The Child Development Associate (CDA) credential is the most widely recognized in early childhood education; the CDA presents child care providers with opportunities in career advancement, in-service hours, and new job opportunities. In this series, we’re highlighting providers who have taken the step to further the quality of their care by completing their CDA! Get to know them below!
Tell us a little bit more about yourself and something you’d like people to know about you.
I started out as a babysitter and I have evolved into a child care provider/educator. A job that once was looked down upon, and people would say, “Oh, you just sit home and play?” is now my career and passion. Now I have the education and confidence to explain the before and after. Thanks to NECC, and other organizations, I am in a professional career I love.
How long have you been working in the child care industry and how did you begin your journey as a provider?
I have worked with children since I was 10, in Sunday school and the nursery at church. I babysat and did child care for a few children off and on for years. In June of 2010, I finally decided to open a full-time in-home child care. I decided I wasn’t spending enough time with my children, and if I worked from home, I would get to be the mom I wanted to be.
Describe your experience completing your CDA – what made you want to obtain it? Were you impacted by the pandemic? If so,
I had looked into getting my CDA because of the tax credit that was being offered, and my instructor at the time told me I should look into getting my CDA. I figured with her help, I just might be able to do it. NECC offered a business course and I took it. During COVID, everything was being offered online so I was able to attend and not have to get a substitute.
What is it like to be in the child care/education industry? What impact do you wish to make or are you making on the lives of
those in our community, both young and old?
I am a single mother of three older children 25, 19, and 18. I want them to see the importance of education. I want them to know it doesn’t stop when high school is over, and even if you’ve gone to college for something, you can change your mind and start over at any age. I had no idea I would love child care as much as I do. It is so encouraging when a kindergarten teacher tells me how my kids are doing on both a social and emotional level, and an academic level in school. I am the director of the Little Sister Program with the Miss Nebraska Scholarship Organization, mentoring 2nd and 3rd-grade girls to be kind young women. The organization helps young women across Nebraska empower each other and show off their intelligence. The program offers scholarships for young women to further their education. I am the current president of the North Platte Public School District Board of Education. I am very interested in the education of all the children in our community.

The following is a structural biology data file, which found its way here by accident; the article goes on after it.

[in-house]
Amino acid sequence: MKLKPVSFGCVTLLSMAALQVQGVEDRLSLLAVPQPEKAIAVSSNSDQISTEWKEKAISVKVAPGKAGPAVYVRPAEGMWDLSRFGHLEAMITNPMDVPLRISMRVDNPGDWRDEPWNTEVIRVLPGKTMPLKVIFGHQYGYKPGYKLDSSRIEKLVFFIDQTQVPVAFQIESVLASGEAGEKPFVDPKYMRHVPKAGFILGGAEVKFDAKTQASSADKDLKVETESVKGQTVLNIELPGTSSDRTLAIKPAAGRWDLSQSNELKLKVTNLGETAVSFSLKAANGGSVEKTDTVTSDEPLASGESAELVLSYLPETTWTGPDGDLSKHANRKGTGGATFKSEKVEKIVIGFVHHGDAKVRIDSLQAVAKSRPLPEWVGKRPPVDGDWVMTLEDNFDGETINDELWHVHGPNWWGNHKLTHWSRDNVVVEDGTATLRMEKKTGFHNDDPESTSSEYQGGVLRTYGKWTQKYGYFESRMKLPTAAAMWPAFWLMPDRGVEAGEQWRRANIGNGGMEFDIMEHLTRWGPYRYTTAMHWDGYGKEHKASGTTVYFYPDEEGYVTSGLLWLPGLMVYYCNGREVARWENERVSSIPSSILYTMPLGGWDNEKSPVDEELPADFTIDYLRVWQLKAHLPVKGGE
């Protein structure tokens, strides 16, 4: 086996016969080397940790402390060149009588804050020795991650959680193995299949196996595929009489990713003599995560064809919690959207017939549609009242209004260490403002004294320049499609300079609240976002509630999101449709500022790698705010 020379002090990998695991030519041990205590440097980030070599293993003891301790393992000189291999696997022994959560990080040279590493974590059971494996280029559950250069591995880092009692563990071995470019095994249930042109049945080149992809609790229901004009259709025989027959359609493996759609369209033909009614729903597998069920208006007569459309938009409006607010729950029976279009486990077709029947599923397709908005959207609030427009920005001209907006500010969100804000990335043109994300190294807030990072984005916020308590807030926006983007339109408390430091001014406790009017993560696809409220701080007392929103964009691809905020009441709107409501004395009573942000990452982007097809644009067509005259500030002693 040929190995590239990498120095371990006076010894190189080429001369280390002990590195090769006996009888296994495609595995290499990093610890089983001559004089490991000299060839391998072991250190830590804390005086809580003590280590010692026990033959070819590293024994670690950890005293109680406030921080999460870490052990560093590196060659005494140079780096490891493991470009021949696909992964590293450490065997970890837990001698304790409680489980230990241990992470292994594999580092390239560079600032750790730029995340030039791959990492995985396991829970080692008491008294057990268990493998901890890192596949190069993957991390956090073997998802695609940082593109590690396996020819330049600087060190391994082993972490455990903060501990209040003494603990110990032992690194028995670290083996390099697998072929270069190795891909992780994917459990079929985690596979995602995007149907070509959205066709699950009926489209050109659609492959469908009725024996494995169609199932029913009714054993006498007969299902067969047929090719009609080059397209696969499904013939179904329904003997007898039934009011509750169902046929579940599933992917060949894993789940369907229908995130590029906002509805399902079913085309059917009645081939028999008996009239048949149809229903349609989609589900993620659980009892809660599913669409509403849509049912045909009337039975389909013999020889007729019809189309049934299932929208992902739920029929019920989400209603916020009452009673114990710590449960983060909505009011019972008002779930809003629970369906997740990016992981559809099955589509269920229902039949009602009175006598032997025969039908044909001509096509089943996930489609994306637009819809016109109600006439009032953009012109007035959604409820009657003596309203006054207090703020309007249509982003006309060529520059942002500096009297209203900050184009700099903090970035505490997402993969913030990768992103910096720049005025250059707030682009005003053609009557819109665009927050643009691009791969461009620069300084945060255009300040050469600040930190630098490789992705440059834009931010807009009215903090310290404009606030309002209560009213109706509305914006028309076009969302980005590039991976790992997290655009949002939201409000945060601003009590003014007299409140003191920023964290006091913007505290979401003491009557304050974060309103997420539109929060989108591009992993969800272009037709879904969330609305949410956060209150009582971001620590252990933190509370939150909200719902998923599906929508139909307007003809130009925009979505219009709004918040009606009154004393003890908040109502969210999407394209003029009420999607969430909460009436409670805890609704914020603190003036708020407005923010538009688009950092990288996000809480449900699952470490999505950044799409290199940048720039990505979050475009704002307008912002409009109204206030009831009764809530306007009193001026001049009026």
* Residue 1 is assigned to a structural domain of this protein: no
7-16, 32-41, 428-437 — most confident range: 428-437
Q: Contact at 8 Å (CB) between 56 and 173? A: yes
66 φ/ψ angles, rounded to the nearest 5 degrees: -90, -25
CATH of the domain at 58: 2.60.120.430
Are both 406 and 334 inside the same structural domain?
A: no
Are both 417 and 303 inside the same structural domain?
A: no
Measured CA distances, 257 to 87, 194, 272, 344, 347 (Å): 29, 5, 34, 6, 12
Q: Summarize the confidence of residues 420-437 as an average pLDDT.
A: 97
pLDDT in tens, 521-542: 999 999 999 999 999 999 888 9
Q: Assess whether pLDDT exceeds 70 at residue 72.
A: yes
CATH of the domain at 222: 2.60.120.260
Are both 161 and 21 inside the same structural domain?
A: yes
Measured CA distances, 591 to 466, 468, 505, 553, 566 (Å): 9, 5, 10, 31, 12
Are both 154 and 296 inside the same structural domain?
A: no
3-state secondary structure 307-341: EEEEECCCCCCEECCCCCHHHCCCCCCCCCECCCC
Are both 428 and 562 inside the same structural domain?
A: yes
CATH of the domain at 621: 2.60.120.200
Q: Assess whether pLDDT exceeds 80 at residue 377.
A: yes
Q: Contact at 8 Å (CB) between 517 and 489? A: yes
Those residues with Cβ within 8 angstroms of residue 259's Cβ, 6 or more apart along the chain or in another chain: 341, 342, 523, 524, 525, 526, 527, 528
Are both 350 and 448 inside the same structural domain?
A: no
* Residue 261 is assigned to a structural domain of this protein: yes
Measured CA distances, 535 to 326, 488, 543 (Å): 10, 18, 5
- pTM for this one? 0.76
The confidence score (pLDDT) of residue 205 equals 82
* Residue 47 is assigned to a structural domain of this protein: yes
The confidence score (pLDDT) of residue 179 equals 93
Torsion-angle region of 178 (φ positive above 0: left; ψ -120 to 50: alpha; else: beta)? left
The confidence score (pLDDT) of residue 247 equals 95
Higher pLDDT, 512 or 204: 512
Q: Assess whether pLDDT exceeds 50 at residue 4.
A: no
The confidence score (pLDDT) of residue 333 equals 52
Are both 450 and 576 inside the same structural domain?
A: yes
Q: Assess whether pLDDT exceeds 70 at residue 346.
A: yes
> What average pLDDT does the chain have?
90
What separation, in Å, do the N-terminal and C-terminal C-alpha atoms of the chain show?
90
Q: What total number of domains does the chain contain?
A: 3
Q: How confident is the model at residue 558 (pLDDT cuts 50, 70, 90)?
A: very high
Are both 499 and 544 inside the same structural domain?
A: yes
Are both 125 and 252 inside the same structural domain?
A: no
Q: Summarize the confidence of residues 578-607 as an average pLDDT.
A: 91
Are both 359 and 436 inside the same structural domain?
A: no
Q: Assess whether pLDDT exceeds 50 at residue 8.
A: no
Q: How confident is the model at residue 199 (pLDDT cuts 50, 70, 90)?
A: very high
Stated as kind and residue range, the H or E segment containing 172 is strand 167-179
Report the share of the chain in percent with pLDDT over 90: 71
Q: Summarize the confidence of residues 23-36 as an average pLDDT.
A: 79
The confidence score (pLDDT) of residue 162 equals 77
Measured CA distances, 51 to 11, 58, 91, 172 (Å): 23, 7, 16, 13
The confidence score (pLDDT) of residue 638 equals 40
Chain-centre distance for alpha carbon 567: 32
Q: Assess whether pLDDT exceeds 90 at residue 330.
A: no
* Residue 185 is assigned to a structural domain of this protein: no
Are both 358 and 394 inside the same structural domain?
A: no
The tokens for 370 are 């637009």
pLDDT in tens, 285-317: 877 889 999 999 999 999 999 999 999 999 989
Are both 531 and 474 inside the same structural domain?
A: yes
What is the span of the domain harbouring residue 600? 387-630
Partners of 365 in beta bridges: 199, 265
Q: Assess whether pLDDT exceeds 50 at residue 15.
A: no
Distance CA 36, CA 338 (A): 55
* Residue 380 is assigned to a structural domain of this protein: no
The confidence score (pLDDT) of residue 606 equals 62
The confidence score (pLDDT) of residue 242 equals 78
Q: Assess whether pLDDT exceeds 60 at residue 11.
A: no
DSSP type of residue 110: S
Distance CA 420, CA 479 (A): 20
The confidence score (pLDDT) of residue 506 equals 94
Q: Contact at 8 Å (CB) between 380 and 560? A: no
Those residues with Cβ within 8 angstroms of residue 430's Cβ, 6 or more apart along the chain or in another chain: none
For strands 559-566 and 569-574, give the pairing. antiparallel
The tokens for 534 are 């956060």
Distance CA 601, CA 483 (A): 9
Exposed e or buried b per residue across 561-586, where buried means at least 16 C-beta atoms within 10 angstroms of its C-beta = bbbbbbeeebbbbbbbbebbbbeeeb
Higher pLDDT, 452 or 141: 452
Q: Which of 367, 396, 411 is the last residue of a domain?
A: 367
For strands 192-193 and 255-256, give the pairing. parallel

If you could change one thing about child care in our community, across our state, or even around the world, what would you
wish to change?
I want in-home providers to be able to have more of a voice and be more of a voice at a state level. I want to have coaches and trainers who have not only been in child care but have been in-home providers. Child care is an amazing career, but in-home child care is a whole other ball game.
What do you wish other people knew about child care/education in our community?
I wish people understood the importance of our jobs in setting the foundation for a child’s education.
Anything else you’d like to share about child care, education, or NECC?
In-home child care providers are an extension of our family’s homes. We welcome these children into our homes and love them like our own. Helping raise kind, responsible humans is the most important job there is. I hope families appreciate who they have and I hope providers see themselves as the amazing educators that they are. I appreciate NECC for seeing us and treating us like professionals.